Jason Hall: More specialized.
Brian Withers: Yeah, e-commerce companies not named Amazon, Shopify, Wayfair, Etsy, are they gaining customers? Are those customers having a good experience and got over the hump [of trying it for the first time] and are going to come back again and again? I think that’s pretty much the case, but we’ll see what the level is, and then the blowback a little bit is who is going to suffer I think is the local small businesses which will be interesting to see.
There’s been a significant number of small business closures, probably mostly restaurants and bars, but local shopping too is taking a hit. It will be interesting to see how this whole thing plays out over the next 12 months as the vaccine ramps up.
Dylan Lewis: Brian, I love that you pulled the chart there because I think one thing that I have to constantly remind myself when we’re talking about companies and we’re talking about megatrends is just because we’ve been following something for several years, does not mean that it has hit complete market saturation. I think e-commerce is maybe the perfect example of that where prior to COVID if you’d ask someone, what is e-commerce penetration, somebody who generally doesn’t follow-up business news or investing, they would probably say somewhere in the 30, 40 percent range.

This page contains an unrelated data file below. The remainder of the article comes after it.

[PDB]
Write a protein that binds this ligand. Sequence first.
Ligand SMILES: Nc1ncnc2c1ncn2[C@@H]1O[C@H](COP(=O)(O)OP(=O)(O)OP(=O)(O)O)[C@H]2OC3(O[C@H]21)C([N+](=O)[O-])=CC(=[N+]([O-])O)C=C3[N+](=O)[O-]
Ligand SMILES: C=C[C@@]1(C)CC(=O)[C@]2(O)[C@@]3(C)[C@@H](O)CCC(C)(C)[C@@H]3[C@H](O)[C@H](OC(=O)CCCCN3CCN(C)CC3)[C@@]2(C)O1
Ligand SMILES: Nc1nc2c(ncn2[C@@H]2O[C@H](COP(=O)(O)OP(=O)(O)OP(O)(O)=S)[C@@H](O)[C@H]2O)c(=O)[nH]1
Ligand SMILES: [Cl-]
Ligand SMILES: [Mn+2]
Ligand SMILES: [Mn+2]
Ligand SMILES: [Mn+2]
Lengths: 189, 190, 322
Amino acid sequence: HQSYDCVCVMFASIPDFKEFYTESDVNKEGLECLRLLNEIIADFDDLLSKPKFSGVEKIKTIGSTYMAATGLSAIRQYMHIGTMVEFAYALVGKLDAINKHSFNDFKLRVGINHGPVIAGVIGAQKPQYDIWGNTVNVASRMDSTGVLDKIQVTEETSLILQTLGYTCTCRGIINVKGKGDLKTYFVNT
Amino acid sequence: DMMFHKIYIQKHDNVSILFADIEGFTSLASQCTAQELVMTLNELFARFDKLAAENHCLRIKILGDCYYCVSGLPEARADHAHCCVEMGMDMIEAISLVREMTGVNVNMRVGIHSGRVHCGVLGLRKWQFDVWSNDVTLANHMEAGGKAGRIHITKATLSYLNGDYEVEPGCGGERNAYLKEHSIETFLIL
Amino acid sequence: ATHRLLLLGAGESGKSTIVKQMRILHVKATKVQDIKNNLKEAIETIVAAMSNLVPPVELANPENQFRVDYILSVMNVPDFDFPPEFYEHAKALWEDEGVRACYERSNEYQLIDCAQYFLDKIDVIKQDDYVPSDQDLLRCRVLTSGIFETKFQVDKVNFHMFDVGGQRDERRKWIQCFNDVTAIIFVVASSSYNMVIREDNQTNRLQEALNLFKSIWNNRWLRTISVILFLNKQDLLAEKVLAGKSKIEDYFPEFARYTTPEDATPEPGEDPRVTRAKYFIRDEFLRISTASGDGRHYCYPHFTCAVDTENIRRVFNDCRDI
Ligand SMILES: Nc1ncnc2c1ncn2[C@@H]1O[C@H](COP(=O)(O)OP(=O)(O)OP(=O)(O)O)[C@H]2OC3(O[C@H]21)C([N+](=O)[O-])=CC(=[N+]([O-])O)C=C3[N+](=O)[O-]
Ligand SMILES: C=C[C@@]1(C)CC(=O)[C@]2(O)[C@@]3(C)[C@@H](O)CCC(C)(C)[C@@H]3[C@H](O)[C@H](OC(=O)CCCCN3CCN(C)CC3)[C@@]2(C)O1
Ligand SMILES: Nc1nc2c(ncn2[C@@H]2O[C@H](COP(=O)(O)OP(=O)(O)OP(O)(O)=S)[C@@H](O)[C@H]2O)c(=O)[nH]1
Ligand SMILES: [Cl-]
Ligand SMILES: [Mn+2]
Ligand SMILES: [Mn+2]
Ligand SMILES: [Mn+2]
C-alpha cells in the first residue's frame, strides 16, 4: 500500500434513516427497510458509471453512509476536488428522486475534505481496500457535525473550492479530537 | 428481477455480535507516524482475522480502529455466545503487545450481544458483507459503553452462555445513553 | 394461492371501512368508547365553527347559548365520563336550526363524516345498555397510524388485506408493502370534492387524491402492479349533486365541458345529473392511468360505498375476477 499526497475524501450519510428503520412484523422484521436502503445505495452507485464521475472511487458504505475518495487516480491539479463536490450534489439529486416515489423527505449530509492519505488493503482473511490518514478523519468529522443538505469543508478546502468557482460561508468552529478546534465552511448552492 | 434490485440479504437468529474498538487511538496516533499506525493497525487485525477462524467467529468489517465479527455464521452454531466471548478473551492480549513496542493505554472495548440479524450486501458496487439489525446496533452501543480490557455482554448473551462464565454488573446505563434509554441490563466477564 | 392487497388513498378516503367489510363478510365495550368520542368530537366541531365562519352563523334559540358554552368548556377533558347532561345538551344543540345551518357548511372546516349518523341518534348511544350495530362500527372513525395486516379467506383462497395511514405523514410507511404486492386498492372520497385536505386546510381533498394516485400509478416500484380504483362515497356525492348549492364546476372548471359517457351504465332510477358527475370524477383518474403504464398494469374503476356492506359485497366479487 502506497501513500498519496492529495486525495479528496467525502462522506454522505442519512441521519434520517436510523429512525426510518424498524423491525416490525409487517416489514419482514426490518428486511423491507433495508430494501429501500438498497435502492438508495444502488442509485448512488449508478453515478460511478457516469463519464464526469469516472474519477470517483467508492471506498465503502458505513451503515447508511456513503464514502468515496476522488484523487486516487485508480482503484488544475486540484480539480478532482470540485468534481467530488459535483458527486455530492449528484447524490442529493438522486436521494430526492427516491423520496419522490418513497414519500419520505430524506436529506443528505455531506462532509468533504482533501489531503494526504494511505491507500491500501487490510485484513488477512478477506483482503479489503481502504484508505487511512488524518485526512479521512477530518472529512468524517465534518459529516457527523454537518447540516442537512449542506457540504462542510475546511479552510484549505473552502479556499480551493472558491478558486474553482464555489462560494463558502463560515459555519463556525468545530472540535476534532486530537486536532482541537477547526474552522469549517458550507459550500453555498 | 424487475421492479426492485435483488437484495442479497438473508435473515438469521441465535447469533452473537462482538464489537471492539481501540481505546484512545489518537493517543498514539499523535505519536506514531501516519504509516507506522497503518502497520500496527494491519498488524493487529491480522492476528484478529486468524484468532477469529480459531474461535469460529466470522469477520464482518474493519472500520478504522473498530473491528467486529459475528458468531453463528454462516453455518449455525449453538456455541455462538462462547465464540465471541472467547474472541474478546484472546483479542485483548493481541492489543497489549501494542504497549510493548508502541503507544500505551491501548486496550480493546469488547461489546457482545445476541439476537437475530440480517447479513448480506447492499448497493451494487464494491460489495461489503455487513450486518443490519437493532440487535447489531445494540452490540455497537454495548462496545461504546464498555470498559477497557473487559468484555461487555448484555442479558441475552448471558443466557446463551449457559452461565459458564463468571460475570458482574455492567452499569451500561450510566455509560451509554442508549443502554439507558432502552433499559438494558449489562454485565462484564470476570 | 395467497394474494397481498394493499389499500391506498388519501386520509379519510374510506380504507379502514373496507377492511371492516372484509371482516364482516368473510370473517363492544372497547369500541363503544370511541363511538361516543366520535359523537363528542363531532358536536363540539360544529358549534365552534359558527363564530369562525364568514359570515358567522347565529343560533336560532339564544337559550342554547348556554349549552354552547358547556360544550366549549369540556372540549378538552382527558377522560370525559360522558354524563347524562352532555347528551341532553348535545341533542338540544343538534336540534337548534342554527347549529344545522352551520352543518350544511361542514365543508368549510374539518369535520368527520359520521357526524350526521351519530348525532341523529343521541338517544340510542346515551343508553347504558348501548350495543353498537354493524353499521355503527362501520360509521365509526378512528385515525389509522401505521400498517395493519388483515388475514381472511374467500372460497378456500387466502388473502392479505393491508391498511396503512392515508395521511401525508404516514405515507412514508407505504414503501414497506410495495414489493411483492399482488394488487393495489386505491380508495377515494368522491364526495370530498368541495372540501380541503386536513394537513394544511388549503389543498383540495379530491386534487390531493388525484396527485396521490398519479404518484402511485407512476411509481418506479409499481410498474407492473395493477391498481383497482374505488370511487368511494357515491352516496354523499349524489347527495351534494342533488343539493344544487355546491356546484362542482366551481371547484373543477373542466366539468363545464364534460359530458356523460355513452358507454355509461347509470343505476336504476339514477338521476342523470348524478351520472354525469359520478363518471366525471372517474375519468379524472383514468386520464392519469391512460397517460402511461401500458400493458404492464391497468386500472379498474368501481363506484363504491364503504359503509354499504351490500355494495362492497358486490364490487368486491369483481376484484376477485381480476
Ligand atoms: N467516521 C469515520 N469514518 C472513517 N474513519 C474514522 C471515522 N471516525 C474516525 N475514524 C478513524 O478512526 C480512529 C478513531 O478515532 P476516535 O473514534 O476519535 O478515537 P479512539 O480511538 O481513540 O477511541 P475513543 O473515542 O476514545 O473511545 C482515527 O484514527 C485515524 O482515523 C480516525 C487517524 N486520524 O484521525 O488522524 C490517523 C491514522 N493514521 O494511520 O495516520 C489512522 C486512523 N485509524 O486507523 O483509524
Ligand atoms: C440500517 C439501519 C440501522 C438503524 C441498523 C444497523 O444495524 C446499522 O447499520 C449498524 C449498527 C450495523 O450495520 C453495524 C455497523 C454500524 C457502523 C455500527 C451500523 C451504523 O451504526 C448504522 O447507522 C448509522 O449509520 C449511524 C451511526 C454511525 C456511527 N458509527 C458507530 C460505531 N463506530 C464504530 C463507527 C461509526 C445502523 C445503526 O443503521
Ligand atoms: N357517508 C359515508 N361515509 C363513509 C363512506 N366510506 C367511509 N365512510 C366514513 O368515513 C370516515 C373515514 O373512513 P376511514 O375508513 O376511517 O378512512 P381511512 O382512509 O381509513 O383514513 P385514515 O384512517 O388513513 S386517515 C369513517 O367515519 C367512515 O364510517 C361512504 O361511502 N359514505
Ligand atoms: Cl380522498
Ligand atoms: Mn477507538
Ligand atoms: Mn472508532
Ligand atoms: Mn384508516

Brian Withers: Yeah.
Dylan Lewis: It’s in the low teens, double-digits somewhere, depending on who you get your data from. This field already had so much green space in front of it for the grabbing, and I think that we’ve talked about it on the podcast a couple of times, but companies like MercadoLibre coming in and getting a lot of customers to try it. What we’ve seen with a lot of digital businesses is this a tryout period for people to adopt.
I have a hunch that when people get confronted with something that’s more convenient, they’re probably going to stick around if it makes their life easier, but I think there are probably some categories where people will go back to the physical goods just because there’s some element of that shopping experience that they miss.
Jason Hall: Danny, I know this is a space you cover closer. I’d love to hear your thoughts here.